J Pharm Pharmacol. 1983 Mar;35(3):152-6.
Influence of prostacyclin and indomethacin on castor oil-induced gastrointestinal effects in rats.
Vischer P, Casals-Stenzel J.
The effects of castor oil, alone, as well as in combination with PGI2 and indomethacin on gastrointestinal functions have been examined in rats. Oral administration of the oil to fasted rats induced severe diarrhoea, with increased intestinal motility and fluid volume. Pretreatment with PGI2 (s.c.) inhibited the effect of the oil on intestinal fluid accumulation and decreased intestinal motility below control values, but only delayed the occurrence of mucoid diarrhoea. Indomethacin (i.p.) reduced the accumulation in intestinal fluid after castor oil administration to a much smaller extent (47%) than PGI2 and depressed the increased intestinal motility to control values. In contrast to PGI2, indomethacin inhibited the occurrence of diarrhoea after administration of castor oil. The present results do not definitely confirm the general opinion that the diarrhoeal action of laxative agents is due only to an altered intestinal electrolyte and water transport or an increase of intestinal motility.
http://www.ncbi.nlm.nih.gov/entrez/query.fcgi?cmd=Retrieve&db=PubMed&list_uids=6132971&dopt=Abstract constipation laxative
Scand J Gastroenterol Suppl. 1982;71:111-24.
Ultrastructural changes in the gut autonomic nervous system following laxative abuse and in other conditions.
Riemann JF, Schmidt H.
Electronmicroscopical studies have been carried out on colonic biopsies from patients with long-term laxative abuse, amyloidosis, diabetic autonomic neuropathy or chronic inflammatory bowel disease. The results of these investigations indicate that submucosal nerve fibres are damaged to an extent dependent upon the intensity of the toxic agent. The main pathological features range from distension or ballooning of axons, reduction of nerve-specific cell structures and increase in lysosomes to a total degeneration of whole nerve fibres. While the degenerative process is uniform, differentiation between disease states can be made on the basis of specific additional lesions such as the presence of typical amyloid fibrils, diabetic microangiopathy or the inflammatory process in inflammatory bowel disease. No changes were found in Whipple's disease or gluten-sensitive enteropathy. It is concluded that the structural alterations may provide a morphological explanation for the disturbances in gut motility, as an intact intramural nervous system is a necessary prerequisite for the regular coordination of normal peristalsis.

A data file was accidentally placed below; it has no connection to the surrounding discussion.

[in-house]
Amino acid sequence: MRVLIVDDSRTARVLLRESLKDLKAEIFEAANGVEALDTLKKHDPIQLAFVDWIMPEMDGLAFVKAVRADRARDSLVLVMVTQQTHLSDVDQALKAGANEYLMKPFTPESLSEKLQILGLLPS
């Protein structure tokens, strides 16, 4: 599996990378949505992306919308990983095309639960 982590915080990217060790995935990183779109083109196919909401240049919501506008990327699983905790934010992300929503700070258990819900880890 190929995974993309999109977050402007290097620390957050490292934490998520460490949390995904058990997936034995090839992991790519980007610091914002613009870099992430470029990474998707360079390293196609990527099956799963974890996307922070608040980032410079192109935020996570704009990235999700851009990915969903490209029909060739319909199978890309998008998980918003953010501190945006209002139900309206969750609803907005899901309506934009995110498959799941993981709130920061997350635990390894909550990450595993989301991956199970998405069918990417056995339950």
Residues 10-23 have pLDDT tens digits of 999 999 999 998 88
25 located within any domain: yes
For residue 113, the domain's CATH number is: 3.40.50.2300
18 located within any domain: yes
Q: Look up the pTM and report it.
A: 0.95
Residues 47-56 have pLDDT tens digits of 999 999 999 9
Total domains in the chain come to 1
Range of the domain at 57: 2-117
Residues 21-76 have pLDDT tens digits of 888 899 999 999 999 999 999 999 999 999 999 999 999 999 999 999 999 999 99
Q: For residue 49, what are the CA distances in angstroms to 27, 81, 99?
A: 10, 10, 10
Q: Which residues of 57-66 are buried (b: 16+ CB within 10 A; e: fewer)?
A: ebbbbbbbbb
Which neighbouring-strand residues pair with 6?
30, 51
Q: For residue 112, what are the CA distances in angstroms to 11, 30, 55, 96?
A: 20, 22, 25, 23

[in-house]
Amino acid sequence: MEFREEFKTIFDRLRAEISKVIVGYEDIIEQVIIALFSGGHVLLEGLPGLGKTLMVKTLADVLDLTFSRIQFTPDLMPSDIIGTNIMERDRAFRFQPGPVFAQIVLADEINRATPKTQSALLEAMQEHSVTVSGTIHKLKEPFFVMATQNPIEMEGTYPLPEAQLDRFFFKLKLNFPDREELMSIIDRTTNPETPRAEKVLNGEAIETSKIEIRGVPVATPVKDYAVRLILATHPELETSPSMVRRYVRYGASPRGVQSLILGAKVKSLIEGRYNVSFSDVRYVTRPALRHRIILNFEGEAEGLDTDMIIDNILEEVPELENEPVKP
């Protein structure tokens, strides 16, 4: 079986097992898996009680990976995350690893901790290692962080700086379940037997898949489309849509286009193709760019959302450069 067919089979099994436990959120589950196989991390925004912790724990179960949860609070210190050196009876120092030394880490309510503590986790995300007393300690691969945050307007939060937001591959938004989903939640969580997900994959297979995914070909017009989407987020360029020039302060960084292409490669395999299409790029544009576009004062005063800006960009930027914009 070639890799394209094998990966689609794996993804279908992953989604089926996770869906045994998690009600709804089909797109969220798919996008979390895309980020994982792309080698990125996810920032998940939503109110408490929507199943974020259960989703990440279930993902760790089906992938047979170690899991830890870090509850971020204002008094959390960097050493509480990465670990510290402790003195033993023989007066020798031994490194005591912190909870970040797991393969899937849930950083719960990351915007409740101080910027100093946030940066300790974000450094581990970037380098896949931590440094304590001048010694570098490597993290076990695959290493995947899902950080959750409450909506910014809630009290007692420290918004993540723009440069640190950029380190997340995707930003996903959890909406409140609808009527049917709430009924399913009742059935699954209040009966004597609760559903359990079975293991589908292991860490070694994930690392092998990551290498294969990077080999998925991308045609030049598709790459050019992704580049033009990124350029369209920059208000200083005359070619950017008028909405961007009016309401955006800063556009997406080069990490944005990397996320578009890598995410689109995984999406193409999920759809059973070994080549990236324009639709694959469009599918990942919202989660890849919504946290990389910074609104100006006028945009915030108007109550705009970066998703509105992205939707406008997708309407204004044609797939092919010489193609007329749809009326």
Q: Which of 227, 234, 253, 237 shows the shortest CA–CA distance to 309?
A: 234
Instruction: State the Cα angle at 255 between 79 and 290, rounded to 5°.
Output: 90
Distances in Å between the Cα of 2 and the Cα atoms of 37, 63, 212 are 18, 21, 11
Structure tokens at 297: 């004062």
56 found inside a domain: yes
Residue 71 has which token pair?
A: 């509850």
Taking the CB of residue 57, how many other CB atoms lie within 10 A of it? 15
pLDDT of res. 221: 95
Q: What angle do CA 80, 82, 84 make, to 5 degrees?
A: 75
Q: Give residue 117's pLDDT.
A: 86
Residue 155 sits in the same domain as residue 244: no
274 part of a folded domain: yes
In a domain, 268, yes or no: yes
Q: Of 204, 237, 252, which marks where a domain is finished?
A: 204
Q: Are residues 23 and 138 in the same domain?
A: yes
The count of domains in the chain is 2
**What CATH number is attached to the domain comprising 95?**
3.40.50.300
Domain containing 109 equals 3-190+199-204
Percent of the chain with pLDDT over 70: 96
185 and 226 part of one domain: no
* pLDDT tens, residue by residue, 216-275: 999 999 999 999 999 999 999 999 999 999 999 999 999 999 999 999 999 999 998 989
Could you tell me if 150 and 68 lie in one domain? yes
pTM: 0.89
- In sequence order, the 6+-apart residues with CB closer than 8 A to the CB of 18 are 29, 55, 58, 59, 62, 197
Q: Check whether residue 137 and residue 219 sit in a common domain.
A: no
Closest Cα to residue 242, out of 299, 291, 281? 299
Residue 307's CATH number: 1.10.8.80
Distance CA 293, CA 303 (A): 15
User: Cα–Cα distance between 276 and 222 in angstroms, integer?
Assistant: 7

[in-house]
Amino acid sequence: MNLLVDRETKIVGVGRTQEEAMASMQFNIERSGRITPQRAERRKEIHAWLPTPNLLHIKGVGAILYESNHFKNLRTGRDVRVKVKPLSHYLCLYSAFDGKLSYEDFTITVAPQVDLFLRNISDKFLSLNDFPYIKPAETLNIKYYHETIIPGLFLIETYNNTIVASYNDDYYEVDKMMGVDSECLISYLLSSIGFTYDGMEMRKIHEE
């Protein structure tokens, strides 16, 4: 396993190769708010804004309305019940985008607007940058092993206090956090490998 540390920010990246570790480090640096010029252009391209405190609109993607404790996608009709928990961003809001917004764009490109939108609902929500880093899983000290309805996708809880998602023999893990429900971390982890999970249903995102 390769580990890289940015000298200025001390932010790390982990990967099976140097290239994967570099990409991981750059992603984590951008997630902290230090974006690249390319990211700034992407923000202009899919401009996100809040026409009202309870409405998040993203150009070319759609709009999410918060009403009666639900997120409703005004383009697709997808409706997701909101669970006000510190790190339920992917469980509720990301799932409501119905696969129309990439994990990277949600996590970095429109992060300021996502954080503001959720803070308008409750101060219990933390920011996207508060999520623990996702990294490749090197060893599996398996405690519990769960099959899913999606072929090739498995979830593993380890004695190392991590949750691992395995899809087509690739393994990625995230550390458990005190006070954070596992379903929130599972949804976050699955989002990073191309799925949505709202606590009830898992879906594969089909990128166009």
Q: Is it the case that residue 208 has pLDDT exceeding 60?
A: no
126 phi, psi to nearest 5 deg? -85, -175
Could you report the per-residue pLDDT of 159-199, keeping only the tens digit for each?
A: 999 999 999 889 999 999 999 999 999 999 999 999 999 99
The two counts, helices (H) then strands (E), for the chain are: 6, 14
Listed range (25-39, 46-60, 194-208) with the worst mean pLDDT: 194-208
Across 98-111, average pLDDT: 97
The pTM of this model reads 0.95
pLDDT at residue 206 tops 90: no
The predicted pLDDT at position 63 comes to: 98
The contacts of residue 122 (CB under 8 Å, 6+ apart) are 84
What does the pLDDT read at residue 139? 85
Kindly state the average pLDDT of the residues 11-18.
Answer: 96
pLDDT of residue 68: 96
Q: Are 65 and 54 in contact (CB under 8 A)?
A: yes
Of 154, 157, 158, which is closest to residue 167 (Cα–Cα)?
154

http://www.ncbi.nlm.nih.gov/entrez/query.fcgi?cmd=Retrieve&db=PubMed&list_uids=6176011&dopt=Abstract constipation laxative
Biochim Biophys Acta. 1981 Nov 6;648(2):215-24.
Effects of secretagogues on the K+ permeability of mucosal and serosal borders of rabbit colonic mucosa.
Moreto M, Planas JM, Naftalin RJ.
(1) K+ efflux rates from the mucosal and serosal surfaces of sheets of rabbit colonic mucosa have been determined by measuring net K+ loss into K+-free Ringer solution bathing each side of the tissue. (2) Initially, there is a high rate of K+ loss from the tissue, this falls to a lower steady-state rate after 20 min. Loss of K+ from the tissue into the serosal bath is 6-8 fold faster than loss to the mucosal bath. (3) A number of intestinal secretagogues, e.g. theophylline, cyclic AMP, carbachol, ionophore A23187, as well as the laxative bisacodyl, raise the K+ efflux rate across the mucosal border by 200-300%. In the case of K+ efflux induced by carbachol the effect is shown to be dependent on raised levels of intracellular Ca2+. Ca2+-calmodulin complex does not appear to be be involved in activation of K+ efflux across the mucosal border. (4) Amiloride does not block mucosal K+ efflux, but tetraethyl-ammonium does inhibit K+ efflux across the mucosal border, induced by either bisacodyl or raised intracellular Ca2+. (5) The results suggest that laxatives may increase the rate of K+ secretion into the colonic lumen by raising the K+ permeability of the mucosal border.
http://www.ncbi.nlm.nih.gov/entrez/query.fcgi?cmd=Retrieve&db=PubMed&list_uids=6272851&dopt=Abstract constipation laxative
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